I know in Wichita they have had a fun center near neighborhoods... I think if the noise of the gocarts is as they say, quiet, I would love to have a place the kids could walk to instead of having to hop in the car to the fringes of town.

    As far as the traffic argument....how about all of the traffic snarls created by the new Wal-Mart....(hint---they do not exist)

    Richard Heckler 3 years, 11 months ago

    The final K-10 product may add a ton of traffic to that street. That other Wal-Mart is NOT doing the business that was expected.

    Kelly Anderson 3 years, 11 months ago

    Seriously?...... We finally have the opportunity to have something for kids under the age of 21 and it is an issue because it is too near schools? Once again a product of overthinking. Good gosh Lawrence lighten up!

    Steve Jacob 3 years, 11 months ago

    You are right Kelly. Lawrence loses millions of entertainment dollars to KC. Have you seen the new AMC Town Center 20? All leather recliners. Regal theaters here is so outdated. No mini golf, no go-karts.

    Richard Heckler 3 years, 11 months ago

    "A two-story club house that would have private party rooms, arcade and snack areas on the ground floor. The second floor would include a bar that serves 3.2 beer"

    Could be another Cave? Better believe it.

    Without the alcohol revenue that place would go down in flames. I say that if mini golf was so popular the former mini golf owners at Iowa and 31st would have relocated.

    Nicholas Lindeman 3 years, 11 months ago

    Are parents unable to keep their children from going? That's what Raintree makes it sound like.

    Tell your children they can't go. Some parents just don't want to be the "bad guy."

    Wayne Kerr 3 years, 11 months ago

    That's not it exactly. Besides the increase in traffic, "Raintree leaders mentioned that proximity as being a problem, and so too did an earlier letter from the Wimbledon Terrace Townhomes Association. It expressed concern about "hundreds of little children who might be intimidated by the large numbers of teenagers and young adults who would frequent the project." This really makes little sense. At 8 am or 3 pm, when these kids would be walking to and from school I just don't see this being an issue. The fun center probably wouldn't even open until the afternoon and the place most likely wouldn't be terribly busy in the middle of the afternoon when people are at work and most teens and college kids are busy with school. It surprises me that anyone would be against a "fun" center and claiming that little kids are going to be intimidated by it is a really weak excuse to oppose it.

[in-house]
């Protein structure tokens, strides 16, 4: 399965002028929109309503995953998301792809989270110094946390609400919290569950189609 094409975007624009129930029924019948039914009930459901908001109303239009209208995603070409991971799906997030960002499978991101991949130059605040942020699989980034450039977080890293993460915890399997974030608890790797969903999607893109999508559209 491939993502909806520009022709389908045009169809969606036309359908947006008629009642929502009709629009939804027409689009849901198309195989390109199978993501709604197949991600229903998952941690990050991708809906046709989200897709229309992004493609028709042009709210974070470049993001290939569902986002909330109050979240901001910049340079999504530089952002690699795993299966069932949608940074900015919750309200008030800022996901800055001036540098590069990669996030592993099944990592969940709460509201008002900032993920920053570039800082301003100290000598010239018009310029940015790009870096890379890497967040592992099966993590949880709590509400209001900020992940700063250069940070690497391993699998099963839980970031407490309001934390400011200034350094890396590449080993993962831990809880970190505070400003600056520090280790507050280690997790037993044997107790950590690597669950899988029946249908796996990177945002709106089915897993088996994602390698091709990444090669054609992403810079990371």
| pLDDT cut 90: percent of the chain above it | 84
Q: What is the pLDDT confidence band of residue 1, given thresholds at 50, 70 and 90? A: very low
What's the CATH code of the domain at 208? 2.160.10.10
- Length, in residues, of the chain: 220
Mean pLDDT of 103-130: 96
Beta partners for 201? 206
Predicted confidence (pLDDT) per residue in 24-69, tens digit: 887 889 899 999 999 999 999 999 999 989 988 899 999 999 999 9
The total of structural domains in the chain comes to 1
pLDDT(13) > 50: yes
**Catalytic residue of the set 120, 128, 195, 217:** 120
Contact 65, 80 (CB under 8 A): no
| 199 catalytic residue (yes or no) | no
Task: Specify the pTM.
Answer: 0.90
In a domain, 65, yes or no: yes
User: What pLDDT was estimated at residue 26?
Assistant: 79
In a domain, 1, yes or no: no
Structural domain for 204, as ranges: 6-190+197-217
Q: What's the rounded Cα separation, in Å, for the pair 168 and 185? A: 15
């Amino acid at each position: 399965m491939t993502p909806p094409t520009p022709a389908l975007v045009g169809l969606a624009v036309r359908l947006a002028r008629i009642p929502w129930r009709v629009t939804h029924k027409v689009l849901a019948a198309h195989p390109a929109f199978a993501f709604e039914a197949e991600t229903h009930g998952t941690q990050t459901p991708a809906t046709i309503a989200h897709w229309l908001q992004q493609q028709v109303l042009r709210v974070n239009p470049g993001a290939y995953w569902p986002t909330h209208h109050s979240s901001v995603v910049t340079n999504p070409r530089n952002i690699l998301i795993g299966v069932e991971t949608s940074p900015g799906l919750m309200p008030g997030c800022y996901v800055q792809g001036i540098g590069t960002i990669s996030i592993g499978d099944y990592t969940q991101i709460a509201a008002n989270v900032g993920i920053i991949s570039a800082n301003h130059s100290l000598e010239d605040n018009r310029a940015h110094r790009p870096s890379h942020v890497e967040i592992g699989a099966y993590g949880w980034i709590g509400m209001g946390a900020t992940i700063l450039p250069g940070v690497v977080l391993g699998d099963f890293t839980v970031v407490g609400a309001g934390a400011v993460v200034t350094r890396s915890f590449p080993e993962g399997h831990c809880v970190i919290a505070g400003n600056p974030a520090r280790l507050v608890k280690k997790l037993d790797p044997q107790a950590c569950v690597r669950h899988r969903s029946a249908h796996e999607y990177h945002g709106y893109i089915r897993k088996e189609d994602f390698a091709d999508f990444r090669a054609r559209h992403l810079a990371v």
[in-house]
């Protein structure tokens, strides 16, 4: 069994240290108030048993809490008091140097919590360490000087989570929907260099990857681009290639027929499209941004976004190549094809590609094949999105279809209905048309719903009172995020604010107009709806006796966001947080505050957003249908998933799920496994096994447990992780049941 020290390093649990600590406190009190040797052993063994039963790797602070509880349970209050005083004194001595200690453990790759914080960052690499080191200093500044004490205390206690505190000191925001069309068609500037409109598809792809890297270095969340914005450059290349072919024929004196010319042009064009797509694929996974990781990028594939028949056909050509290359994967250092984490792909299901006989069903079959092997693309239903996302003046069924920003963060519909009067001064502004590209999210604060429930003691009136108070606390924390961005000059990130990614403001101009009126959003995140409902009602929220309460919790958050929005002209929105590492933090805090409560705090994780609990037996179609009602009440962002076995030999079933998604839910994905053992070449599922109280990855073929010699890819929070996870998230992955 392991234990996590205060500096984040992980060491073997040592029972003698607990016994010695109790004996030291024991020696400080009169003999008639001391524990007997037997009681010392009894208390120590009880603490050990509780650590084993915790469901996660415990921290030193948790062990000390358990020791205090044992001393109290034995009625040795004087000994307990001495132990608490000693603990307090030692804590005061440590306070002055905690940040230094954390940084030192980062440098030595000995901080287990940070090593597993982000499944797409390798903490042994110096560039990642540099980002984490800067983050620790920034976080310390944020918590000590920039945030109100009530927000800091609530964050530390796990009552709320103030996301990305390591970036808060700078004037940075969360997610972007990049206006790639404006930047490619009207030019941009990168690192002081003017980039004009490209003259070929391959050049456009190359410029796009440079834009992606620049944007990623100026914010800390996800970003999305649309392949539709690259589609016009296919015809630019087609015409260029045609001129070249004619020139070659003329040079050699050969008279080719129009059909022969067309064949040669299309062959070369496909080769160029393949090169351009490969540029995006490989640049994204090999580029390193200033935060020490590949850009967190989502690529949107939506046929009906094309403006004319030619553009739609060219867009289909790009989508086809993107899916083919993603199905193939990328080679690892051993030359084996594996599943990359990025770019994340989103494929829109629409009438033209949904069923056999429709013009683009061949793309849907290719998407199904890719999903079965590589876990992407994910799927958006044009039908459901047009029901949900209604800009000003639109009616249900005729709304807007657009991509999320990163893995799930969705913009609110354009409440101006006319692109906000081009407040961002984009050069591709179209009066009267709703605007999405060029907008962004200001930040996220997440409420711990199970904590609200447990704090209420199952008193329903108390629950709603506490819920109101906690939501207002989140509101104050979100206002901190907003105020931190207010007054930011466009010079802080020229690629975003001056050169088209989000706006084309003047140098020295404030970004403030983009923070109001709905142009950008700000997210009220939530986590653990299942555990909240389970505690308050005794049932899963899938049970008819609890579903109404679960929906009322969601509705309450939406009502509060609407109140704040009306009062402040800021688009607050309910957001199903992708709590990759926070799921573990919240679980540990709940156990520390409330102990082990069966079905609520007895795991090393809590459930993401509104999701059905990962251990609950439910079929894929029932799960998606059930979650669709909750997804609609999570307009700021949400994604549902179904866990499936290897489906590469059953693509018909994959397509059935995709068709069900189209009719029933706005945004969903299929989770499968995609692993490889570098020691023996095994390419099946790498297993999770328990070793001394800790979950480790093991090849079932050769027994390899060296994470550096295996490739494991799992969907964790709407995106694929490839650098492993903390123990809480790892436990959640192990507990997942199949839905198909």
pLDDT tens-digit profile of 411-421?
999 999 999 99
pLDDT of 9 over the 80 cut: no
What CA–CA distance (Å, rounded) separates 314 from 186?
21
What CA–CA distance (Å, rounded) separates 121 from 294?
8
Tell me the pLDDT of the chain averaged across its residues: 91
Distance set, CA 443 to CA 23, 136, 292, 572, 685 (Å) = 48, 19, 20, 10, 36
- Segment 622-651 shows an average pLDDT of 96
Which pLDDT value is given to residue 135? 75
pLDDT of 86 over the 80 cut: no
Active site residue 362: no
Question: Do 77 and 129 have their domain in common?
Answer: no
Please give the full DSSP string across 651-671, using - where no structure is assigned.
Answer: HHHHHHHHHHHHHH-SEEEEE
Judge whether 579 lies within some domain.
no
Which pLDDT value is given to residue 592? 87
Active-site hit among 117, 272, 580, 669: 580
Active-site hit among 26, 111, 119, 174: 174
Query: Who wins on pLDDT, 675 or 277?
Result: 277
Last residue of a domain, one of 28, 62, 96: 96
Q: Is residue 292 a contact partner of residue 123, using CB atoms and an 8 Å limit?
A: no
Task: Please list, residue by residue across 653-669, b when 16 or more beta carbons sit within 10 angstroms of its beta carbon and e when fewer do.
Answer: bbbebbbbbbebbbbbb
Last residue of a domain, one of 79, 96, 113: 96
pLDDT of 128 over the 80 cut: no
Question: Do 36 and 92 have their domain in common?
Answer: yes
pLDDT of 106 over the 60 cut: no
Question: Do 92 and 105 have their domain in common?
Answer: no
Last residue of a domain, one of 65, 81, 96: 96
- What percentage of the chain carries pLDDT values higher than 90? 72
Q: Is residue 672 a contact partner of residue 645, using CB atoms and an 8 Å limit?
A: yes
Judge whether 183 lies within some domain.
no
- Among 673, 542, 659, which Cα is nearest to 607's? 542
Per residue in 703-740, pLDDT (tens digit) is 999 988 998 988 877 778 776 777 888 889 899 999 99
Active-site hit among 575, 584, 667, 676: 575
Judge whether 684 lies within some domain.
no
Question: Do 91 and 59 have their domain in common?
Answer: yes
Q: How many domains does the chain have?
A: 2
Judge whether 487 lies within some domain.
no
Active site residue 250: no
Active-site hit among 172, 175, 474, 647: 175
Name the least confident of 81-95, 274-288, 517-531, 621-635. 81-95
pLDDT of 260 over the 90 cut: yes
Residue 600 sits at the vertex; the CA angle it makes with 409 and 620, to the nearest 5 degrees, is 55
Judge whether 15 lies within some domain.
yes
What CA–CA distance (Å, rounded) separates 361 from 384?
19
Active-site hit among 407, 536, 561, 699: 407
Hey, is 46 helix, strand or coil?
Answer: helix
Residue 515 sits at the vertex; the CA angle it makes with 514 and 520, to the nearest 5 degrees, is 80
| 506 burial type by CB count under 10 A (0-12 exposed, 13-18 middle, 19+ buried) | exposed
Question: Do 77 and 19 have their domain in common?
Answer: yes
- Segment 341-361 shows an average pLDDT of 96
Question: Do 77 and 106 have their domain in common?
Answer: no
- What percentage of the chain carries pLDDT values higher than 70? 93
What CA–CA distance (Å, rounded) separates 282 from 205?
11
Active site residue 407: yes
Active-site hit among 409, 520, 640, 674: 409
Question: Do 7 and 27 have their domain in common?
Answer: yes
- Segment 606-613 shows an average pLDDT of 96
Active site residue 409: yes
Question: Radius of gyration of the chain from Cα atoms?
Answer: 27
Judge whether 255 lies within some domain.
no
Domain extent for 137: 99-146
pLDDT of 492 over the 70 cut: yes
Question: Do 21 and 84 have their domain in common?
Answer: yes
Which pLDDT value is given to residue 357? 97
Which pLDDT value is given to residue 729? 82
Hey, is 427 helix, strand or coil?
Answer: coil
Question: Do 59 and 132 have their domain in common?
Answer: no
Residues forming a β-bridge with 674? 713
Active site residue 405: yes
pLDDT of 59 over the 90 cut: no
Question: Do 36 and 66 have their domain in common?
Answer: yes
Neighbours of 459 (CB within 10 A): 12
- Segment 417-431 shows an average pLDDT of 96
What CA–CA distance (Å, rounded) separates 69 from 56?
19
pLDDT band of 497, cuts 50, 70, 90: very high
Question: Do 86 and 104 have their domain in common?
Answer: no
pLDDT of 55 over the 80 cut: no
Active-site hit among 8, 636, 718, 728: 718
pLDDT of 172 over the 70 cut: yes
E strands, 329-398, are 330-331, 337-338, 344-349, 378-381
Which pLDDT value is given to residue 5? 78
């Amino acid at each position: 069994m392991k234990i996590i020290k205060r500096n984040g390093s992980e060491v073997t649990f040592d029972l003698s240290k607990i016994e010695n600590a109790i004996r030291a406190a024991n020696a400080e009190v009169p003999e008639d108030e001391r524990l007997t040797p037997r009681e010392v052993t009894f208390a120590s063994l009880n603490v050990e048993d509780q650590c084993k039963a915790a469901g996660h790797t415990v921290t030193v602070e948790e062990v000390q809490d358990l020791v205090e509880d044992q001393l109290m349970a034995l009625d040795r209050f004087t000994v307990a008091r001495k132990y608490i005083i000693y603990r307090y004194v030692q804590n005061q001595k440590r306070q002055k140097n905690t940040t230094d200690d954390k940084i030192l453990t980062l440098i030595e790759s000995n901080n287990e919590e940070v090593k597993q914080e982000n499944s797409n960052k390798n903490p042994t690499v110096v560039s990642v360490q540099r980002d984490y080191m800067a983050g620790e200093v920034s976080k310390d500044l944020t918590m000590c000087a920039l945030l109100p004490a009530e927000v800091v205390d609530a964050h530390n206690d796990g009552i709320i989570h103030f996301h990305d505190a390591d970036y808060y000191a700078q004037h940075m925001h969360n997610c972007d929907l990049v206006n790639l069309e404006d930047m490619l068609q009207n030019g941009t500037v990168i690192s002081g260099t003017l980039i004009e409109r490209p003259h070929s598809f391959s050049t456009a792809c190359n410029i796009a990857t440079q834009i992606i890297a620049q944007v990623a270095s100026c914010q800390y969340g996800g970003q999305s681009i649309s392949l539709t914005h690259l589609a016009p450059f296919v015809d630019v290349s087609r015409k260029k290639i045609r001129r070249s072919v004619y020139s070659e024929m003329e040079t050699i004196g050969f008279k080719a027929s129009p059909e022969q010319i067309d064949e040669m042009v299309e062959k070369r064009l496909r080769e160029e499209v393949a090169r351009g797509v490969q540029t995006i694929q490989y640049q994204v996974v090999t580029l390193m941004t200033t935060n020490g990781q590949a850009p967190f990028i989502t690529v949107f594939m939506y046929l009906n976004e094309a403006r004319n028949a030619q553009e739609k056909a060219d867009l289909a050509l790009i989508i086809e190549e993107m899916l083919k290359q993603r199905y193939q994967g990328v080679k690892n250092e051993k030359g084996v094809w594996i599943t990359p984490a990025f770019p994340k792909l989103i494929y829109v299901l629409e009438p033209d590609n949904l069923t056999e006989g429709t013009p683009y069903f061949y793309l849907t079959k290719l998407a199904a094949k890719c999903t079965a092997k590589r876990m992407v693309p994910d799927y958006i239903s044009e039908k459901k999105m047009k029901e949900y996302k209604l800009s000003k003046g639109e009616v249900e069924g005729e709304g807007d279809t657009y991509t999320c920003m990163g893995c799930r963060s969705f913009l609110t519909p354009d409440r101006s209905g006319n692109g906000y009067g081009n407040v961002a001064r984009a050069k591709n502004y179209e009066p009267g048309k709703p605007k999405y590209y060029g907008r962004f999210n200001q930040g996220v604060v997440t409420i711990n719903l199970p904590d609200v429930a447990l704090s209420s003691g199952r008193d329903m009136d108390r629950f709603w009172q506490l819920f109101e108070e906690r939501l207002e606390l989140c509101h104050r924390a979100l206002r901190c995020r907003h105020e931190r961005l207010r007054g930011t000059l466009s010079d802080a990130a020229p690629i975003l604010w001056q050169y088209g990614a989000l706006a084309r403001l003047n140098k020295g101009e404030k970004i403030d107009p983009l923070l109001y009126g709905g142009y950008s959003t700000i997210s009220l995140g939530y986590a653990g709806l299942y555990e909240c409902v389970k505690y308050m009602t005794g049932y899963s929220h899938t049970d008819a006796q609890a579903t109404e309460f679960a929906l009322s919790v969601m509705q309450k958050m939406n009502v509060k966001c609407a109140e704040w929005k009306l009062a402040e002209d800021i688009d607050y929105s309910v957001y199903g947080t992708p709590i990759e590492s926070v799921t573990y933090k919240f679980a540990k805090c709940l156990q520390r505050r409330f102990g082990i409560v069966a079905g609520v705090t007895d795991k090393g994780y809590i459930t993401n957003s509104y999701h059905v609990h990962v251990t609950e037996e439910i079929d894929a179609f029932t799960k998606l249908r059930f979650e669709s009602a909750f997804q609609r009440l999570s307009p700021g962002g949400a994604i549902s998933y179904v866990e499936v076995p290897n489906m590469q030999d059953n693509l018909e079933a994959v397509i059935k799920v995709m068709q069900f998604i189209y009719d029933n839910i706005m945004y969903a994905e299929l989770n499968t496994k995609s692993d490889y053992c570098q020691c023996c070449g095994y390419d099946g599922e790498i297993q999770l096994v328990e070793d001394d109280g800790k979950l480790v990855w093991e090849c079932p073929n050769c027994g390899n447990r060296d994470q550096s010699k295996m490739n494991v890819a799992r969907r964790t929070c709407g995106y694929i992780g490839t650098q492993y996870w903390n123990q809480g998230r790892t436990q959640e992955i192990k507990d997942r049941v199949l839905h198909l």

Alan Baker 3 years, 11 months ago

    Dr Rirodan mentioned a patient told him in his office while under his care that was living in a house in Lawrence without heat in January. He blamed it on her landlord.

    Chad could you follow up on this and find out exactly what Dr Rirodan did to help this women, his patient.

    What did Dr Rirodan really do?

    Jeff Cuttell 3 years, 11 months ago

    We'll take it on the east side off of K-10. There is tons of room and it would be nice to get something on our side of town. Development there would be perfect to bring out of town business into Lawrence to spend money. Why does everyone think the West side is the only place for new things?

    Greg DiVilbiss 3 years, 11 months ago

    I would say it has to do with demographic information, while having closed schools in the east part of town they are redoing borders out west due to school overcrowding.....but development is clearly coming to east Lawrence sooner than later. Look at all of the prep work being done at O'Connell road.

    Adam Kasson 3 years, 11 months ago

    Just wait til hawkland builds the same thing on the other side of town where there is no schools or anything in the way. City commissioners i hope you know there is another joint venture getting ready to do the same thing off 31st.